76 Starlionblue : Now yes. But Kai Tak was pretty tiny and still had the same glut of widebodies.
77 nicoeddf : I would think its rather the very decentralized scattering of US population while having large distances at the same time, no?
78 Starlionblue : I think so as well.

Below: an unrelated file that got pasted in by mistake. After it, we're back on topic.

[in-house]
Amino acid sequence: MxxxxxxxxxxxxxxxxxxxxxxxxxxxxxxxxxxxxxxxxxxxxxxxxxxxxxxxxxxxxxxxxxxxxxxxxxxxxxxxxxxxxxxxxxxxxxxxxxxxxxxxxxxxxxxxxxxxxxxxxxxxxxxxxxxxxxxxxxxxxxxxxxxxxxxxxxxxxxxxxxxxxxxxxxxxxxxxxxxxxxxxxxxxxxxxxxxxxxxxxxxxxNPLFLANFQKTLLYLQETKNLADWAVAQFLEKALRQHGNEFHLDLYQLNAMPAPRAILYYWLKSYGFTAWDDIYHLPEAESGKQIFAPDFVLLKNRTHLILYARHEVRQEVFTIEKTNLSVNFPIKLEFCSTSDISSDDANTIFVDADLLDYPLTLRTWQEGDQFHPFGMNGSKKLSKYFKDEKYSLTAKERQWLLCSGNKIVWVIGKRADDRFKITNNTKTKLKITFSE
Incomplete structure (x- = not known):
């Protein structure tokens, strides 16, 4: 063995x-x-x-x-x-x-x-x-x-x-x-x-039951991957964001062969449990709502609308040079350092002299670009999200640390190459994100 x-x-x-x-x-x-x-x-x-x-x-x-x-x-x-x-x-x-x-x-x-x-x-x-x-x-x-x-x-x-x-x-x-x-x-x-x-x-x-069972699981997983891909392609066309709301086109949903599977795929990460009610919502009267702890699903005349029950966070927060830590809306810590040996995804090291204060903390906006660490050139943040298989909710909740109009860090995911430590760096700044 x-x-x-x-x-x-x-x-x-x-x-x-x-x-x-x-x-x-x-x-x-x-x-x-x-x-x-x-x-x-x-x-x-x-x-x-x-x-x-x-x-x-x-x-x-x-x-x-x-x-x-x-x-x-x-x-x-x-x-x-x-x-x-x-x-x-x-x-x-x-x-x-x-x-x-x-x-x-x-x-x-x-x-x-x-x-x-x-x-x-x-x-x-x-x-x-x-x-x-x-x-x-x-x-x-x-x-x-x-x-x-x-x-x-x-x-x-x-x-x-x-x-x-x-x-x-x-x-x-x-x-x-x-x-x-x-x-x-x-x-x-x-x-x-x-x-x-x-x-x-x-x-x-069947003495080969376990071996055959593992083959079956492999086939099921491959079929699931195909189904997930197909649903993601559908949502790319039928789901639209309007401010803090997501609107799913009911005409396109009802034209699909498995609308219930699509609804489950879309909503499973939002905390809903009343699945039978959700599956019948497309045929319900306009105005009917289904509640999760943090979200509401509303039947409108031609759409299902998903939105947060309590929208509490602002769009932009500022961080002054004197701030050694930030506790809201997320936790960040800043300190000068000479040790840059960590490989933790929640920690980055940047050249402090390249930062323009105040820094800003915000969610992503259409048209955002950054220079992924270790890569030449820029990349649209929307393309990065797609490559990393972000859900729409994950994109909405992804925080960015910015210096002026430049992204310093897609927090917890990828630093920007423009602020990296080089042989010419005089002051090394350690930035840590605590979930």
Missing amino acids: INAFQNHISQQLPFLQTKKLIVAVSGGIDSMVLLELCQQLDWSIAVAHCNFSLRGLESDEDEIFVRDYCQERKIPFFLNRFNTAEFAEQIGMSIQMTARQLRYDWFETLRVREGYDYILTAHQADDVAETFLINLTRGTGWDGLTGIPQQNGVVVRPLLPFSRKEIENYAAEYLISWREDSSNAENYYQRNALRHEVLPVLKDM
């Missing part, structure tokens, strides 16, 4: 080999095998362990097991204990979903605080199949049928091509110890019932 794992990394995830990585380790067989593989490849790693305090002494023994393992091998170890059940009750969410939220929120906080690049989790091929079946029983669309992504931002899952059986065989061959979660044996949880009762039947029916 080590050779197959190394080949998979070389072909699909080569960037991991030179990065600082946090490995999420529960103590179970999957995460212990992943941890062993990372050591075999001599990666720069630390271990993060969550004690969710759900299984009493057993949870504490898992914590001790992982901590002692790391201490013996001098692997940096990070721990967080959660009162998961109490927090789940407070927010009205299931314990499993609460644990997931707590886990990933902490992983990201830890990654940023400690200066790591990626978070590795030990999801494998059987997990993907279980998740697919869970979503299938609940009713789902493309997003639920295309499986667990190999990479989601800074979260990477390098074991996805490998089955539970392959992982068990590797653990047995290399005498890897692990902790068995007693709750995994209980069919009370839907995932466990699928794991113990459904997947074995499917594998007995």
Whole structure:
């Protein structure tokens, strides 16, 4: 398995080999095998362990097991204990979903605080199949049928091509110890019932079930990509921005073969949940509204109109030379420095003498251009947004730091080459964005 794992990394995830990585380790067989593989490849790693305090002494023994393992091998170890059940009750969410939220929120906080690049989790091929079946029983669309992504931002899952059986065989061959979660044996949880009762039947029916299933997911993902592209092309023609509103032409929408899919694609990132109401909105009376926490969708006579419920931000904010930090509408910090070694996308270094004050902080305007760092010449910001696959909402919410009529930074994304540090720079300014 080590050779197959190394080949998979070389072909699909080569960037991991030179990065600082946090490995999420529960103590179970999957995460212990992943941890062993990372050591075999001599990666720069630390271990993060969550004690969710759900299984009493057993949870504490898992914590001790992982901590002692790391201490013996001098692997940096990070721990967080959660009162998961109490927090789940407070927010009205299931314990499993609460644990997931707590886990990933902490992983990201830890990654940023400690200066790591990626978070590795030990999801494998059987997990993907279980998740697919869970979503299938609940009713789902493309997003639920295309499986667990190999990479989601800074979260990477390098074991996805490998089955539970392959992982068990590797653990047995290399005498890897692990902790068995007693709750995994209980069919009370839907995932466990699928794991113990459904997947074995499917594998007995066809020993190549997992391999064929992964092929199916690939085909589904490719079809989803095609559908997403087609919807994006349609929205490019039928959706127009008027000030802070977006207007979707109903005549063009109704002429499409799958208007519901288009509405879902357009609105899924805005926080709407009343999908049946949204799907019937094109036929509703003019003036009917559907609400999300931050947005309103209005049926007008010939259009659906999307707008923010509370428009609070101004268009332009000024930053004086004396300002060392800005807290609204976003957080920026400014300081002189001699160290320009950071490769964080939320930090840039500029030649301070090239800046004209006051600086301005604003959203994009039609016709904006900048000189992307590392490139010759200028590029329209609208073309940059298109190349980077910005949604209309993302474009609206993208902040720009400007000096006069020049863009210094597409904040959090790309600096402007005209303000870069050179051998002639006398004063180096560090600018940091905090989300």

79 Post contains images Stitch : The thought of an A380 doing that approach makes me break out in a cold sweat, but considering the FBW controls and the slower approach speeds thanks
80 flipdewaf : SHHHHHH!!!! You make me want to reinstall flight simulator!
81 Post contains images astuteman : I was having a look at this at the weekend OAG. OEM sales talk aside, there can be a considerable amount of variability in the fuel burn comparison,